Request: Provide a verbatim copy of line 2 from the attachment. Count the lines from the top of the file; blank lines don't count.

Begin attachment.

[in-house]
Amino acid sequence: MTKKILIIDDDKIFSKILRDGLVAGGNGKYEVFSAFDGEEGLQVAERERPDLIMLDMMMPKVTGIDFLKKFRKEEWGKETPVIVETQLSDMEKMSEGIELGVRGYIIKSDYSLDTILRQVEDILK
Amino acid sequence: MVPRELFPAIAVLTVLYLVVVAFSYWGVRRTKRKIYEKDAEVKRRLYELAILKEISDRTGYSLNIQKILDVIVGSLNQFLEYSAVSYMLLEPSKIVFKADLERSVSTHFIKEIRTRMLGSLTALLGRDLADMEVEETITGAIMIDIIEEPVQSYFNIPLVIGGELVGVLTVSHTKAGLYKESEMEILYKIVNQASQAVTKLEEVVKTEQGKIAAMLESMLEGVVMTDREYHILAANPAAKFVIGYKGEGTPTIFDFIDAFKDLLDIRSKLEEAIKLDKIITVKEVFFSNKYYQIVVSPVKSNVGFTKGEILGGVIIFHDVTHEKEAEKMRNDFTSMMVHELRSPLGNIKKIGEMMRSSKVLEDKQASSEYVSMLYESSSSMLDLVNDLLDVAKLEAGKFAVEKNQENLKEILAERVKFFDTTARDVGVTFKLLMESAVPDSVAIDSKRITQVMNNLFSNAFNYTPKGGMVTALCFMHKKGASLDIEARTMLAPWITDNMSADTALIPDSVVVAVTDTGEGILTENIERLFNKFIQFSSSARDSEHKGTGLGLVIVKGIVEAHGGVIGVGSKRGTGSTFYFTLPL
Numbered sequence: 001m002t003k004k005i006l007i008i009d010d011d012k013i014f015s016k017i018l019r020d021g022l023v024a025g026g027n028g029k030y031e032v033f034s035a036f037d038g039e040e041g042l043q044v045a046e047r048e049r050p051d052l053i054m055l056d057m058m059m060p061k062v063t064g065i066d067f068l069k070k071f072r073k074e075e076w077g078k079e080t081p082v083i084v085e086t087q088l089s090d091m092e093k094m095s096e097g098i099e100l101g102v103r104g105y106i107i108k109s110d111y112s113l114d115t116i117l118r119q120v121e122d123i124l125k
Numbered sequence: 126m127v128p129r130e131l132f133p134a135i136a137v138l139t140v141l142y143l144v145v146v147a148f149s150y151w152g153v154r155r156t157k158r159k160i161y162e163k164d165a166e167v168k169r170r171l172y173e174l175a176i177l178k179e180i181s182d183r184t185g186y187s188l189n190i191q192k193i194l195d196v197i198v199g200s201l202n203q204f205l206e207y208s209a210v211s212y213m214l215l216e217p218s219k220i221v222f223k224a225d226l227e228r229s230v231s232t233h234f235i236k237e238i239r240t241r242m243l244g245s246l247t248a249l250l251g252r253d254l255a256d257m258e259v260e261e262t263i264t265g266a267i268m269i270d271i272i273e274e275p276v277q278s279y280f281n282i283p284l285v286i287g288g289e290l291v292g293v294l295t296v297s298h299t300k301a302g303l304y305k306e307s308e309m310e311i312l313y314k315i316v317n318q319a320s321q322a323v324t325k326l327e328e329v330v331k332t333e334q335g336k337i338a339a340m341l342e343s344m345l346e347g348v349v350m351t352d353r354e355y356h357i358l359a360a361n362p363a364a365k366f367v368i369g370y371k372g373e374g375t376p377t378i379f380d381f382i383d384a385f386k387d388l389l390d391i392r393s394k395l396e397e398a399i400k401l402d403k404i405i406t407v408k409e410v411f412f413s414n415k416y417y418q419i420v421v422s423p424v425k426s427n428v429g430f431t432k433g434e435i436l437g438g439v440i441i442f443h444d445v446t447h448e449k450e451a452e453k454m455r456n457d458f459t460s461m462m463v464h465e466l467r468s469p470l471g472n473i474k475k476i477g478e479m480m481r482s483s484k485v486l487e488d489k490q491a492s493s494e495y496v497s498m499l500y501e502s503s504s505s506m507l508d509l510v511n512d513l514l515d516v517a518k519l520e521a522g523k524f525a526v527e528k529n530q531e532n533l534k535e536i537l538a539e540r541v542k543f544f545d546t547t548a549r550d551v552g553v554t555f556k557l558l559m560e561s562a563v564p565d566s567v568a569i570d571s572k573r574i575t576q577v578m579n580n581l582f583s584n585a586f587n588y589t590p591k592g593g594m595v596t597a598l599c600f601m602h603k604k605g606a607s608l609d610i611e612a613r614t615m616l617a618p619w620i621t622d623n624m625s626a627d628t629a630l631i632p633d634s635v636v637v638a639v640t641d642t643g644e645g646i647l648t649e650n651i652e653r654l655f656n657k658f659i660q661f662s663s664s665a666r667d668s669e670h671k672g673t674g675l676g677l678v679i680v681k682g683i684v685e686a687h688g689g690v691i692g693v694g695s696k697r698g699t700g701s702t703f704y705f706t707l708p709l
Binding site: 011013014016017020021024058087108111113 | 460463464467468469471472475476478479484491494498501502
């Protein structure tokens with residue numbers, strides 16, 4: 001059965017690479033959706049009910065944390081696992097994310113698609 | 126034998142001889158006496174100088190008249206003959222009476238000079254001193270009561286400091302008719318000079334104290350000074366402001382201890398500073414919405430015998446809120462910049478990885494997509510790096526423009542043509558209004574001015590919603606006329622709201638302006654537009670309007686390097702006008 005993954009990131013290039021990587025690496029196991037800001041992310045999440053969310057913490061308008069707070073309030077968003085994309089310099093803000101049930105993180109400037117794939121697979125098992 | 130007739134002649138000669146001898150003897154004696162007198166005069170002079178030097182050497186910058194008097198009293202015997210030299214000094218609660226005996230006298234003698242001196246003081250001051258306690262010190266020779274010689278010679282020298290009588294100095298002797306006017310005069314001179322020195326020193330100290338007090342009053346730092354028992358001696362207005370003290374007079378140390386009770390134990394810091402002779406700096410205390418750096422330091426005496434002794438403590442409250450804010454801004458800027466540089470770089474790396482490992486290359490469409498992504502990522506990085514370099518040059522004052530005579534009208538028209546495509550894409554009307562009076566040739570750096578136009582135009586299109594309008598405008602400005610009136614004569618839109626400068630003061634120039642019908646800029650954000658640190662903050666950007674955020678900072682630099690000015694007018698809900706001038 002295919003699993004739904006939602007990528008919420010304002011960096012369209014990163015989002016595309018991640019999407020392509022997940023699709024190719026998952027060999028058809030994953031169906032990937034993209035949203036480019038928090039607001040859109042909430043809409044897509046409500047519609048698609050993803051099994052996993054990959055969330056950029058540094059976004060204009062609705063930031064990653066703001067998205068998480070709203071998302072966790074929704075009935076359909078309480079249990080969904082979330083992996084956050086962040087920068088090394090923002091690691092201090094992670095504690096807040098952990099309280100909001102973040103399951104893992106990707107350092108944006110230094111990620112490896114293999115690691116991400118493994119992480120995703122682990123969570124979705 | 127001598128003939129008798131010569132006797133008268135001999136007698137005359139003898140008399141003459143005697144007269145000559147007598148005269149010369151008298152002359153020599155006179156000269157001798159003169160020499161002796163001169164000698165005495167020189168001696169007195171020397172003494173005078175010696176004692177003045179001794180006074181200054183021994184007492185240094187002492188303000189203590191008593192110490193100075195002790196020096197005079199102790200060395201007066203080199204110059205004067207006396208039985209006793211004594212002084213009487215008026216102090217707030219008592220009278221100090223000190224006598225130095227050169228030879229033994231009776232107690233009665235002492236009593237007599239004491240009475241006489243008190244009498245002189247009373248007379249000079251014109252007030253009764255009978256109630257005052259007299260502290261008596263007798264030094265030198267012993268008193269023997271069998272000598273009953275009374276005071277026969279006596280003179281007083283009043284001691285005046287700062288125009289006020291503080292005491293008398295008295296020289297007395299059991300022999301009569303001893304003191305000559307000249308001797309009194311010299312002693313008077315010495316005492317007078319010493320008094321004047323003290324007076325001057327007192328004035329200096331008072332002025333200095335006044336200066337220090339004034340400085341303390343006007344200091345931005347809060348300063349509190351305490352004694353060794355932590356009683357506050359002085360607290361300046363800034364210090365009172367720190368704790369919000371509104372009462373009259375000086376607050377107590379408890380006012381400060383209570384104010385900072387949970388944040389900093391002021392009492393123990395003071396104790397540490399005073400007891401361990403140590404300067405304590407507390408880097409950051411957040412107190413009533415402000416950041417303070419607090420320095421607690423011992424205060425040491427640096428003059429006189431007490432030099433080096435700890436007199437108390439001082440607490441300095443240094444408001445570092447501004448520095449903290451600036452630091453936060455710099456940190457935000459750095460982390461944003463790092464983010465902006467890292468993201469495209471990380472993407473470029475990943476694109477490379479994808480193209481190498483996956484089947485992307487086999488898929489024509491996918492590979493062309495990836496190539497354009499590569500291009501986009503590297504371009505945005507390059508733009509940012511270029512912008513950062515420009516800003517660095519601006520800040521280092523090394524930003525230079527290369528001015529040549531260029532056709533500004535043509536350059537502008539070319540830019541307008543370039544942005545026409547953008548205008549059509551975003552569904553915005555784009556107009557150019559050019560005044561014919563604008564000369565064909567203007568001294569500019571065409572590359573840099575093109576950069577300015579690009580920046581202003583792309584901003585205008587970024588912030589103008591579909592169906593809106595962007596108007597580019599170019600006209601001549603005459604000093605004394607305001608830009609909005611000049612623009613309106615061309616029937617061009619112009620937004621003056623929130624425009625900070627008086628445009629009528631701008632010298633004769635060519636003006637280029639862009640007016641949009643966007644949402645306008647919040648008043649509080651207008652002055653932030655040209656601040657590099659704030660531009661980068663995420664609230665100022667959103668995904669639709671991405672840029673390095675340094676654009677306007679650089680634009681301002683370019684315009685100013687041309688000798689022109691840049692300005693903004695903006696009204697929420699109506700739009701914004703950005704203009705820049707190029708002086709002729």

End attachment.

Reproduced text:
Amino acid sequence: MTKKILIIDDDKIFSKILRDGLVAGGNGKYEVFSAFDGEEGLQVAERERPDLIMLDMMMPKVTGIDFLKKFRKEEWGKETPVIVETQLSDMEKMSEGIELGVRGYIIKSDYSLDTILRQVEDILK